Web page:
- Ensure funds are allocated to support vulnerable workers, communities and regions in carbon-intensive economies
- Implement stronger incentives for business to operate in affected regions, prioritising green economies
3. Adopt a carbon price on carbon: Introducing a carbon price on carbon will enable Australia to remain competitive on the global stage as carbon border adjustment mechanisms are discussed in the EU and the UK. Additionally, the Government must provide incentives for businesses to decarbonise and invest in innovative technologies. Doing so will accelerate the achievement of net-zero emissions.
4. Invest into large scale renewable energy infrastructure: With the cost of oil and gas likely to increase and renewable energy prices continuing to drop, the UNGCNA urges the Government to include a budget for large-scale, renewable energy infrastructure including rail, electric vehicle infrastructure and an upgrade of Australia’s electricity grid that supports renewable energy security. The Government should also consider stronger incentives for households to participate in the green economy through subsidies for electric vehicles, solar and battery storage.
5. Funding to support the Customs Amendment (Banning Goods Produced By Uyghur Forced Labour) Bill 2020: Modern slavery, including forced labour, constitute serious crimes under Australian law and violate a person’s human rights and dignity. As such, it is critical that the Government table the bill in Parliament and ensure adequate funding is set aside to fulfil its recommendations once passed into law.
6. Review of the Modern Slavery Act: The Government must announce the timing and terms of the review of the Australian Modern Slavery Act, and ensure adequate funding is set aside to fulfil the recommendations from the review. This includes:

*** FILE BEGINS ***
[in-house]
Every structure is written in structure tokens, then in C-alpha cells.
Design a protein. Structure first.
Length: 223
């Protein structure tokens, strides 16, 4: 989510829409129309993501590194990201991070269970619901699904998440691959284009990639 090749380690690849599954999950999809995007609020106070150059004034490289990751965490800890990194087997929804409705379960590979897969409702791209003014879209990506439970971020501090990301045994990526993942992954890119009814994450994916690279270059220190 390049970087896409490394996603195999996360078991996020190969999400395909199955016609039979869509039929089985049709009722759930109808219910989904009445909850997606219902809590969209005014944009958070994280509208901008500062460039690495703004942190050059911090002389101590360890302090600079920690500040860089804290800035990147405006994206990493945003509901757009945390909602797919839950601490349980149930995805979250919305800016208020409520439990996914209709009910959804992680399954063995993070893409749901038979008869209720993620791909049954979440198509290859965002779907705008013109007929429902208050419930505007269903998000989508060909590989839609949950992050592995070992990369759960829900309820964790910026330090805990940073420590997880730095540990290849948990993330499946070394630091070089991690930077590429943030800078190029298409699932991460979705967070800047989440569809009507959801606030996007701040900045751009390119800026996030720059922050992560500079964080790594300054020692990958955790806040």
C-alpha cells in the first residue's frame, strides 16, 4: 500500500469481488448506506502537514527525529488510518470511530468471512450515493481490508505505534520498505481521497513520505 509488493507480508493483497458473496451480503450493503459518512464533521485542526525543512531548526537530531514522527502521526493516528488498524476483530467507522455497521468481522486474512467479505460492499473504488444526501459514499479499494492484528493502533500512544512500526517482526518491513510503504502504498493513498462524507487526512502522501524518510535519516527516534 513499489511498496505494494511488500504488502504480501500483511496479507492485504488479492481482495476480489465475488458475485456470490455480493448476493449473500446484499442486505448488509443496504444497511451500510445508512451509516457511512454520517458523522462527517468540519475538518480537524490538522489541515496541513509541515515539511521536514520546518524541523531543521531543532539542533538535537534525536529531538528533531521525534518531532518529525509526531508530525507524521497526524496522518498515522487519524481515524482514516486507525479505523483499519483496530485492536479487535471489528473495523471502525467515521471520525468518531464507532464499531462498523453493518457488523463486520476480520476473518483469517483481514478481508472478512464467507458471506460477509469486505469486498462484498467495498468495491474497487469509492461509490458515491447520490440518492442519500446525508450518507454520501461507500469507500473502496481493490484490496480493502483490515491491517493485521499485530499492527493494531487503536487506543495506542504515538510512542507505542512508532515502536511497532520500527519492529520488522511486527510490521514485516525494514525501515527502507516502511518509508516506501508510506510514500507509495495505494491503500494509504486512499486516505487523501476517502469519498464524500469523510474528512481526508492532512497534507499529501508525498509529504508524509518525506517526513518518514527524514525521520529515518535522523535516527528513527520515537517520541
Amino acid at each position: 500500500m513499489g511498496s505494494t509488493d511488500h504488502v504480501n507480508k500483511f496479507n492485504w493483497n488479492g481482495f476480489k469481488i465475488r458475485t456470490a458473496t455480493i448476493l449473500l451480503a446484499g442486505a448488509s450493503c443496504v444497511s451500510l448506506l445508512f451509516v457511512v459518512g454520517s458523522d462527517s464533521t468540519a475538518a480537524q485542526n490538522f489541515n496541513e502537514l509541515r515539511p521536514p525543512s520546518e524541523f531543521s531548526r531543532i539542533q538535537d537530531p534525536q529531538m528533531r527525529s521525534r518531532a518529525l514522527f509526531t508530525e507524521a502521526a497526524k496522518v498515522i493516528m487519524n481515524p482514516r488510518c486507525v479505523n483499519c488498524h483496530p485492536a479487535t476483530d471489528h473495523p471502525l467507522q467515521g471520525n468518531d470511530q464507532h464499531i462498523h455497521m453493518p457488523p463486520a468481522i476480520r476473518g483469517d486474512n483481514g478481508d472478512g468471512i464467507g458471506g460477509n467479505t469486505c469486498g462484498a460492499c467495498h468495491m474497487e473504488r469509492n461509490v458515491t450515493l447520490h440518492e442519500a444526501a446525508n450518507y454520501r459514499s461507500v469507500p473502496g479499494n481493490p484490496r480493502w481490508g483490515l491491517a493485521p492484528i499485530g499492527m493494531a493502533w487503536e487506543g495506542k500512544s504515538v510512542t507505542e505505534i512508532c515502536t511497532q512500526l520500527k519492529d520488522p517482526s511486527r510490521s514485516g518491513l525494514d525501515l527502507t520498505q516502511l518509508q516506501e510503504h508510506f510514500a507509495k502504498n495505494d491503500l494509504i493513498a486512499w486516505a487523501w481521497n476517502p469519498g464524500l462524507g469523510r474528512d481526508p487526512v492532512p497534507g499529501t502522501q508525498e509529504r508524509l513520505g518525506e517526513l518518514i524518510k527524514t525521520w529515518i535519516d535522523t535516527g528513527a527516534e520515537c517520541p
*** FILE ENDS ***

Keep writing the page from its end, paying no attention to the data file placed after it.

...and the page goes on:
- Considering the relevant recommendations made by the Australian Law Reform Commission in their report on Corporate Criminal Responsibility that was tabled in Parliament on 31 August 2020
- Increasing funding for the Business Engagement Unit at Australian Border Force to enable Australia to meet its commitments under its National Action Plan to Combat Modern Slavery 2020-252, and ensure that the Unit has the capacity to continue to engage with businesses to reduce modern slavery and human trafficking, particularly in business supply chains
- Consulting with industry experts, business, the Australian Human Rights Commission, academia and civil society on changes to the Australian Modern Slavery Act that will position Australia as a leader in combatting modern slavery (SDG 8.7)
7. Continue to fund and give a greater voice to the Australian Human Rights Commission: In doing so, the Government will be in a stronger position to demonstrate its duty to protect human rights and uphold international frameworks on human rights including the UN Guiding Principles on Business and Human Rights.
8. Adopt a National Charter of Human Rights: Australia is one of few Western democracies that does not have a Charter of Human Rights, despite the ACT and Victoria both having charters. A Charter would help Australians understand their human rights and provide a standard from which to measure Government action. It would also act as a lighthouse on human rights for businesses.
A firm stance against bribery and corruption (SDG16)
9. Establish the Commonwealth Integrity Commission (CIC): UNGCNA is supportive of the Government’s commitment to establishing a CIC. Now, the UNGCNA is calling for the CIC to be prioritised and tabled in Parliament, taking into consideration the feedback received by the Attorney General’s Department and numerous stakeholders such as businesses and civil society.
10. Reintroduce and pass the Crimes Legislation Amendment (Combating Corporate Crime) (CLACCC) Bill 2019: If passed, the CLACCC bill would be the most significant shift in Australia’s anti-corruption landscape since foreign bribery offence was first introduced in 1999. The law reform presents an opportunity for corporations to be more responsible and accountable, ensuring they have adequate procedures in place to combat corporate corruption.